Creepin'. 

Creepin'. 

Our lunch spot is off the charts. Half Dome is in our faces, and I go crazy taking pictures before I even sit down to lunch. There's a lone figure on a ledge a few hundred feet away and I take at least a dozen pictures of him framed against Half Dome, providing scale. Later, he will walk up to us and ask us to take his picture on that ledge, and I will openly admit I already took pictures of him up there and it looked rad. Not creepy at all, Christina. Good job. 

I think the girls think we're done with the uphills, but immediately after lunch we're back on an exposed, hot, granite, uphill slog. Hiking uphill with a full stomach is hard. My hip belt presses right into all that food I ate. I need to have the belt cinched tight to keep my pack from sliding down my hips, but my stomach protests. BadAss and I fart our way uphill and hope the girls and Cherub behind us don't notice or the slight breeze carries away any smells before they reach their noses. 

Note to self: eat less at lunch, and stay away from the canned tuna. 

I still feel strong, just farty, although I wish we hadn't stopped for lunch. I was so ready to keep hiking. I felt I could have crammed in at least two more miles before stopping, and now I worry that my hiking boner has gone away, or that sitting down and taking my pack off, both of which I'm loath to do, will have somehow sapped the magical hiking powers I have today.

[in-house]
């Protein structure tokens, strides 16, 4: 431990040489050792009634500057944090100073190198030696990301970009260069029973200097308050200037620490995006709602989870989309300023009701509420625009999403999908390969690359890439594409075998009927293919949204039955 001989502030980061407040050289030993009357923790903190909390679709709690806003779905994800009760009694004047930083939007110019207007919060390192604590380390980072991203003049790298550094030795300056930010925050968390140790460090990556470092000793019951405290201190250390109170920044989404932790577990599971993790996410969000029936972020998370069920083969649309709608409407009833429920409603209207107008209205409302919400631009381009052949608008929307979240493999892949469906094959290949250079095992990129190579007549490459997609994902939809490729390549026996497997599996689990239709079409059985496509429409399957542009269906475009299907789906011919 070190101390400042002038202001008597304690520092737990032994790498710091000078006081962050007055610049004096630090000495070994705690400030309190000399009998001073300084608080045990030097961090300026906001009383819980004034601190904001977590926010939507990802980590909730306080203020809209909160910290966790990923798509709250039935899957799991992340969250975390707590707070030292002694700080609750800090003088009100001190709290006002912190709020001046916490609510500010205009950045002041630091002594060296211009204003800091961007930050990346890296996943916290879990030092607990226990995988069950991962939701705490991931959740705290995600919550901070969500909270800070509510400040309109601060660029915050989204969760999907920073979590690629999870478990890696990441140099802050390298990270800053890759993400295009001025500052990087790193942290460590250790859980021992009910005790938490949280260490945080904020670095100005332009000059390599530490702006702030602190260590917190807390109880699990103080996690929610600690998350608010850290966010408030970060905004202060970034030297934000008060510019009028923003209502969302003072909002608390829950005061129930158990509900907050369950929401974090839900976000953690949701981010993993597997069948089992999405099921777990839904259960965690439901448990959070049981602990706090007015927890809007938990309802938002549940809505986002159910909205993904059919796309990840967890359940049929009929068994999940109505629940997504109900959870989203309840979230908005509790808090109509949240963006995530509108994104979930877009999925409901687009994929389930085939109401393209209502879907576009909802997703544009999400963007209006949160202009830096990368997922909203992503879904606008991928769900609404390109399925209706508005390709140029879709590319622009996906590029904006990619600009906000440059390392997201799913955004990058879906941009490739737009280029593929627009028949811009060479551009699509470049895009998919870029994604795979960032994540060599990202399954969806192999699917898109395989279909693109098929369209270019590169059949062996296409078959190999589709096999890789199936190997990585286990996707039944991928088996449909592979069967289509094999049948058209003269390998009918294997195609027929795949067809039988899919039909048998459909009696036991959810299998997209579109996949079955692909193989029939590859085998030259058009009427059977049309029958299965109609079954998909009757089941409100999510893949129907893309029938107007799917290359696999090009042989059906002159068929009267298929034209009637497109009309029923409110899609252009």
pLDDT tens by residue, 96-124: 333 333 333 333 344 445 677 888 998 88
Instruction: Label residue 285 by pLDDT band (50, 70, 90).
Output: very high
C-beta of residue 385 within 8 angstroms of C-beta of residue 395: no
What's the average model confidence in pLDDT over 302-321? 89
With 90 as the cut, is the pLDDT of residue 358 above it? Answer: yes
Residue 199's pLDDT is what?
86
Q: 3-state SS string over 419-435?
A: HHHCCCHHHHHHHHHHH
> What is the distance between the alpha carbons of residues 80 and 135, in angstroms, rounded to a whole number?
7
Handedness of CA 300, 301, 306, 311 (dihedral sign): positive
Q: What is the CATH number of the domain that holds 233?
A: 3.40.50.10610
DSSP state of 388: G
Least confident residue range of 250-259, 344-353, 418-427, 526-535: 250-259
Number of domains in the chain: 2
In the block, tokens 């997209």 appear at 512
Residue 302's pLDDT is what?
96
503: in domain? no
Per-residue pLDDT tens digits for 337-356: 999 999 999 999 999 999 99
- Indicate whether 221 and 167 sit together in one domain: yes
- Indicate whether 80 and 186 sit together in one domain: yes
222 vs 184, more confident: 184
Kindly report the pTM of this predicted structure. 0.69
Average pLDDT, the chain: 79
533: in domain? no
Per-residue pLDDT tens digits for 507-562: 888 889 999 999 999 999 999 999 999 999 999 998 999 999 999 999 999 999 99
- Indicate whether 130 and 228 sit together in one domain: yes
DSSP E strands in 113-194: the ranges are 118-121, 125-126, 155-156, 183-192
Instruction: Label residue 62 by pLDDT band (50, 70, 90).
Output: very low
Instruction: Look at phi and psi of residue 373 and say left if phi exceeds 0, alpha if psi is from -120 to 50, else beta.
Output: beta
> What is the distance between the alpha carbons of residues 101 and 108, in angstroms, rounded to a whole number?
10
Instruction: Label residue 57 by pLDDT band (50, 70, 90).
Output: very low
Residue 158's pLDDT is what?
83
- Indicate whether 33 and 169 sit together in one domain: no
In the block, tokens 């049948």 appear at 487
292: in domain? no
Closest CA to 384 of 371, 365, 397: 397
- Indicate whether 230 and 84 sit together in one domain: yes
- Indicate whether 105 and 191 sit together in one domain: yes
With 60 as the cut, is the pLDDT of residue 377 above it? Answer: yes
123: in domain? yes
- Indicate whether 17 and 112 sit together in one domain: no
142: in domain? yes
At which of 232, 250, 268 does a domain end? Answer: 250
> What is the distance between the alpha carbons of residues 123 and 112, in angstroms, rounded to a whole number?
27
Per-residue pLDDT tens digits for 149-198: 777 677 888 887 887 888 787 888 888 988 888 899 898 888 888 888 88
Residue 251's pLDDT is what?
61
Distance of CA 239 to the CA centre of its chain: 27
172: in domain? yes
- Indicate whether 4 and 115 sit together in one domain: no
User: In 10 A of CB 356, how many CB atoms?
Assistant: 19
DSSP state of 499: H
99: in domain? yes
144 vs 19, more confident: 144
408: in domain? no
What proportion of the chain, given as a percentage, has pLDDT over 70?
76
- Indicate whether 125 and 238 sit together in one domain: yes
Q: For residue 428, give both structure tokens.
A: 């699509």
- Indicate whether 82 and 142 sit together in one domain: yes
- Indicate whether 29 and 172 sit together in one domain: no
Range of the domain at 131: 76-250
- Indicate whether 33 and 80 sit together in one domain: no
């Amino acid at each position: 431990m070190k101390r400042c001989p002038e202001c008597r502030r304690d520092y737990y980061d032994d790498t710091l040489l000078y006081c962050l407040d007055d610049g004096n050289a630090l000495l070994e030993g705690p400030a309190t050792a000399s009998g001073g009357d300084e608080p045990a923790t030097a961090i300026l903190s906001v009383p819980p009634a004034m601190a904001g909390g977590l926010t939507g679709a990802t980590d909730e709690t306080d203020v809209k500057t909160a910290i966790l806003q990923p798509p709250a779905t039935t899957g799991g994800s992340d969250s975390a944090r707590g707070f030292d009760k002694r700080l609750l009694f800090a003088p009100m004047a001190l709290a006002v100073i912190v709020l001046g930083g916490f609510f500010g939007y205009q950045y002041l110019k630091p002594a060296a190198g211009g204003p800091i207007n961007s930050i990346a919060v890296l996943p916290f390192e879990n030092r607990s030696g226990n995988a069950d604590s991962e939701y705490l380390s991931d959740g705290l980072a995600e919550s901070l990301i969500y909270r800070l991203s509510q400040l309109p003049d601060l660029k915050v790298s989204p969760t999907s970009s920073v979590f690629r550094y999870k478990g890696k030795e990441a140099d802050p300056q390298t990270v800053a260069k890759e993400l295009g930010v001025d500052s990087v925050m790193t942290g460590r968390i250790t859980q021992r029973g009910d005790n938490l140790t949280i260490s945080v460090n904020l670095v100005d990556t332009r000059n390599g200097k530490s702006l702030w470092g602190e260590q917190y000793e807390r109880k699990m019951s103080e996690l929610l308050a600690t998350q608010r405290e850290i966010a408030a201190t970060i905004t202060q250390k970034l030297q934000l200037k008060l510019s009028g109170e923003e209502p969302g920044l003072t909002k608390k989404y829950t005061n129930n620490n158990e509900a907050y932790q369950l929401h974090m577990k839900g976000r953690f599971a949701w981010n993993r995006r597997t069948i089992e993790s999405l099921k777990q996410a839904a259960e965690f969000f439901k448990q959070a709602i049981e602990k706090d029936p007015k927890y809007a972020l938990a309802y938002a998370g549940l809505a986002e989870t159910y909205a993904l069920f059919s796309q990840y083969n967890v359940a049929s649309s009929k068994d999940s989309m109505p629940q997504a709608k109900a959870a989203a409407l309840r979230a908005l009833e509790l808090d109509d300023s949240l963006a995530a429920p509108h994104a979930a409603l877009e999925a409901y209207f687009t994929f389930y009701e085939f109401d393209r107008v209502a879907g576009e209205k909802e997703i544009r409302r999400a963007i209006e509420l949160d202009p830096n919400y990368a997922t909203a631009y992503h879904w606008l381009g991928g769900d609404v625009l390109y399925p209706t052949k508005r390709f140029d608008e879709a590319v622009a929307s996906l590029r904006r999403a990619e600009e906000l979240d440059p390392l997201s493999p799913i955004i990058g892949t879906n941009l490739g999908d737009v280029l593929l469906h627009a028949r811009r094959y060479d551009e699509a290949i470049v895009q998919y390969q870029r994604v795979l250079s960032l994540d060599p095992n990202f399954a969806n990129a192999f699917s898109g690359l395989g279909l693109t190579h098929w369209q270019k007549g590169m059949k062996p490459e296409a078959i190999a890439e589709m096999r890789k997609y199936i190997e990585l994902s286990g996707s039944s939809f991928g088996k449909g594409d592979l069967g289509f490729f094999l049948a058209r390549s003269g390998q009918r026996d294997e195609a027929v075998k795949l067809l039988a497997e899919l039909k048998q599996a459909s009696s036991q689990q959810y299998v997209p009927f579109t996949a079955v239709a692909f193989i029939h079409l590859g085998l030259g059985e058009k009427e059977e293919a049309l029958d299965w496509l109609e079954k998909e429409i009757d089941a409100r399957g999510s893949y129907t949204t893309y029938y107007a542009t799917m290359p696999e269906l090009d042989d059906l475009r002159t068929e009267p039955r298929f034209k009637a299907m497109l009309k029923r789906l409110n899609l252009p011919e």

Everyone else is tired from El Cap yesterday, so we go slow slow, plodding along. I don't want to leave the group in the dust, and know that wouldn't be very leaderly or hikerly of me, so I don't, but I inch ahead with BadAss, refusing to stop in sunny or uphill spots like the girls. Slowly our lead grows. Slowly we reach the top, to be spit out into the dappled, cushy understory of an old forest. The trees are BIG here and a few times they block our path, blown over in some long ago storm. I wonder at the stories these trees could tell, all they've seen, how long they've lain here on the forest floor. The paths around them are gently worn in the duff. Humans have had time to make their mark. 

 Storybook stream crossing.

Storybook stream crossing.

A little while later, we let the girls play in a stream we're meant to cross until two hikers eventually arrive and need to gather water, so we pack up and move on. 

I'm strangely anxious while we loiter at this stream crossing, thinking of all the things that could go wrong...why are we hanging out at a creek where the ferns and water make it so we can't see/hear a bear and it can't see or hear us? Where will we camp tonight? When will we get to camp? Why are we moving so slow? BadAss's knee is hurting her, and I think it makes me feel extra responsibility to step up, be an adult, be a leader and a co-decision maker. More than ever, I'm cognizant on this trip that being the "responsible one" is a role I've put myself into, one that I'm familiar with, so I fall into it out of comfort or routine rather than enjoyment. 

I again remind myself of my mom. 

A few times growing up, she expressed how she hated having to be the nag or the responsible one when my dad got to be the fun one who played with us. "I hate being the bitch.

The same feelings wash over me as I watch Cherub play with girls or run off into the woods, blazing a trail for a "nature break". I know the differences between she and I may simply be our base personalities. I remind myself not to fight my inner nature, but I can't help assigning values to the roles we've taken...she's so good, she's fun. Why do I have to be so uptight? Why do I have to be such a rule-follower out here? Can't I just let go and forget about plans or organizing things or what needs to be done?! Why can't you be more like Cherub?! Or like Laughs, with her creativity and child-eyes? Why do you have to be so serious? Are you really even creative? Do you even have any talent?